||This biographical article needs additional citations for verification. (January 2010)|
|Member of Parliament
for Boston and Skegness
Holland with Boston (1966-1997)
31 March 1966 – 7 June 2001
|Preceded by||Herbert Butcher|
|Succeeded by||Mark Simmonds|
|Member of Parliament
26 May 1955 – 8 October 1959
|Preceded by||Bernard Braine|
|Succeeded by||Edward Gardner|
18 May 1927 |
|Political party||English Democrats|
|Conservative, UK Independence Party|
Sir Richard Bernard Frank Stewart Body (born 18 May 1927) is an English politician, and was Conservative Member of Parliament for Billericay from 1955 to 1959, for Holland with Boston from 1966 to 1997, and for Boston and Skegness from 1997 until he stood down at the 2001 general election. He was a long-standing member of the Conservative Monday Club and came second in its 1972 election for chairman. He also served as President of the Anti-Common Market League.
Rural Buckinghamshire-born, and representing fertile South Holland, Body was an early supporter of environmental causes within the Conservative Party. Coming from a British agriculture perspective, he was highly critical of many aspects associated with the heavily subsidised agriculture associated with the Common Agricultural Policy (CAP) of the European Economic Community (EEC): in 1983 writing Agriculture: the Triumph and the Shame, a non-fictional agricultural book exposing, it asserted, its folly, followed by Farming in the Clouds (1984). Also critical over the use of pesticides in agriculture, he led an inquiry on the issue in 1986-87. The enquiry produced a draft report which contained 45 recommendations, mostly influenced by his support for organic farming and use of such methods on his own farms. The report was ignored by the Ministry of Agriculture, Fisheries and Food, who made no response and did not attempt to alter their own favoured methods.
Generally regarded as of the "Old Right" of the party, Body found himself in disagreement with the John Major government and its predecessor, including those influenced by it, who had come to dominate the parliamentary Conservative Party by the mid 1990s. He made such views clear in March 2001, shortly before he retired as an MP, writing in the parliamentary magazine The House that the rural and, specifically, the agricultural communities of Britain were the victims of major changes to the culture at Westminster in his time in the Commons, as the number of Tory MPs from landowning/farming backgrounds had declined and the number of self-made men from the suburbs on the Tory benches had increased.
In his later years as an MP Body clearly distanced himself from an ever more economic rationalist and internationalist Tory party by associating himself with a number of environmentalist groups who disapproved of large national or free-trade groupings and supported smaller, more "natural" and "organic" communities. He has been associated with such long-standing figures of the green movement such as Teddy Goldsmith, John Seymour, and John Papworth. Unlike the vast majority of Conservative MPs, Body voted in favour of the equalisation of sexuality activity to apply equally to homosexuals from the age of 16, and also supported the legalisation of cannabis. Body was for a time a member of the UKIP but has now joined the English Democrats. He has called for an English Parliament in his book published in April 2001 entitled England For The English.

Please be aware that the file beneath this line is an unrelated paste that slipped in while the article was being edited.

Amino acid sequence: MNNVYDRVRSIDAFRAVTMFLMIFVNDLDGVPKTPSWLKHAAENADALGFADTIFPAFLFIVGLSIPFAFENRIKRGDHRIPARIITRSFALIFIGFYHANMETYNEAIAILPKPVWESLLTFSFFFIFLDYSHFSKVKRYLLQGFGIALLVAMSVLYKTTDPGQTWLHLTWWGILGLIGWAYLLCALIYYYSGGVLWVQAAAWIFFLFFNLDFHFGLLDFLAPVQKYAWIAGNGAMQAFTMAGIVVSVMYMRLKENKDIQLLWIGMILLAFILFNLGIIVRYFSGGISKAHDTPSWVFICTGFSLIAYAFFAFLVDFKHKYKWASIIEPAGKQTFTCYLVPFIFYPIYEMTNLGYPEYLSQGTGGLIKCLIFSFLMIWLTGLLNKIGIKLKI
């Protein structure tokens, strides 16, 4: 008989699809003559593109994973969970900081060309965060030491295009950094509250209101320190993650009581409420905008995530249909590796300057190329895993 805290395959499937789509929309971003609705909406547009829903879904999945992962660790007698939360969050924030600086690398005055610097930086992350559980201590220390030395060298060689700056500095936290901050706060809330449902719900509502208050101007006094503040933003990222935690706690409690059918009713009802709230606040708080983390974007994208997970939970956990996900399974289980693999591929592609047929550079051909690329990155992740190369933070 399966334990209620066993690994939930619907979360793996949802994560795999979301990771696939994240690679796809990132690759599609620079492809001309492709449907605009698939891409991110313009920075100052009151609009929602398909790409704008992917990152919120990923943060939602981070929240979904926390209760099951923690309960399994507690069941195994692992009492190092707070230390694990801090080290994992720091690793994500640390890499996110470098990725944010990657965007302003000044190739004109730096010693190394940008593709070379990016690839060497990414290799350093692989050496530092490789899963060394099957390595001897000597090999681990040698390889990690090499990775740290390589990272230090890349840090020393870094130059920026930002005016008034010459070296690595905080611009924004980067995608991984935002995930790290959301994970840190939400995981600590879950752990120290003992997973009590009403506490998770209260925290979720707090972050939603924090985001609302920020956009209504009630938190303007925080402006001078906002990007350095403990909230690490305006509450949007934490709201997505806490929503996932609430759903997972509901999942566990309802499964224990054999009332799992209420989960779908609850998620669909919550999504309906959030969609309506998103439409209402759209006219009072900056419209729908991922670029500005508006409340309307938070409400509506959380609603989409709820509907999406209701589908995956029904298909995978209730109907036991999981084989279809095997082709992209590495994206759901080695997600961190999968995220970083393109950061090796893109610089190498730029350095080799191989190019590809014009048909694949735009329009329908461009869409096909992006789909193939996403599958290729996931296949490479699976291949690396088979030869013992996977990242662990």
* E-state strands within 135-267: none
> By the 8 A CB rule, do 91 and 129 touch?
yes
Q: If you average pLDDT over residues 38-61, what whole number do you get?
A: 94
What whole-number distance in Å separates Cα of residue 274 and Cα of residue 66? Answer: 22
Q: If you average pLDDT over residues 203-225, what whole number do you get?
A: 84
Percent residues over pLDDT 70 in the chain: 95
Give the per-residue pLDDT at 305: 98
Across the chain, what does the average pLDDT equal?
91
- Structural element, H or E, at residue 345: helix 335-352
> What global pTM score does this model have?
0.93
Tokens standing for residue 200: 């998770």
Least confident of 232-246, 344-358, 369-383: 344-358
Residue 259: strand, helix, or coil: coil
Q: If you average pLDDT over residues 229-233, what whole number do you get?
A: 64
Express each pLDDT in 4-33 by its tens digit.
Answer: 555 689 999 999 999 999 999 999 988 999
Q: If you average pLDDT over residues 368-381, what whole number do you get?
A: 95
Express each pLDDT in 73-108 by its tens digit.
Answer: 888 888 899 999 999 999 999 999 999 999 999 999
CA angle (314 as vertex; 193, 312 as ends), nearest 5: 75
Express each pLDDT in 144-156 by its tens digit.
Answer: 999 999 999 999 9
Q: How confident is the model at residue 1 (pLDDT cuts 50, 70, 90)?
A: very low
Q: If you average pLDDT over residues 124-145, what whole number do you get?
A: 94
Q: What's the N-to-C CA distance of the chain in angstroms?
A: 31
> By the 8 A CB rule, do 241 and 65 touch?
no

Body's fervent euroscepticism led to him being numbered amongst the rebellious "bastards" condemned by John Major in 1993. His actions regarding Europe eventually led to his resigning the tory whip for a temporary period.
In November 1999 Sir Richard Body put forward an Early Day Motion in support of the writer Robert Henderson who believed that his mail and telephone line had been interfered with by the security services after he had written allegedly threatening letters to Tony Blair, his wife Cherie, and various Labour MPs. This followed an article by Henderson in Wisden Cricket Monthly in 1995 entitled "Is it in the blood?" which suggested that only "unequivocal Englishmen" should play cricket for England, widely considered, at least indirectly, racist on the basis of a different test for nationality than that used for all other purposes. Body's motion not only defended Henderson and accused Blair of interfering with Henderson's activities, but referred to "publicly reported incidents of racism within the Labour Party". This may have been an allusion to some controversial remarks about "blue-eyed, blonde Finnish nurses" made by the black Labour MP Diane Abbott, who had earlier accused Henderson of racism.
- Peter Barberis, John McHugh, Mike Tyldesley, Encyclopedia of British and Irish Political Organizations, 2002, p. 129
- Wynn Davies, Patricia (12 November 1993). "Decision day for popular rebel on Major's 'barmy' list:". The Independent. Retrieved 24 November 2009.
- A Europe of Many Circles - Google Books entry
- The Breakdown of Europe - Google Books entry
- Hansard 1803–2005: contributions in Parliament by Richard Body
|Parliament of the United Kingdom|
|Member of Parliament for Billericay
|Member of Parliament for Holland with Boston
|New constituency||Member of Parliament for Boston and Skegness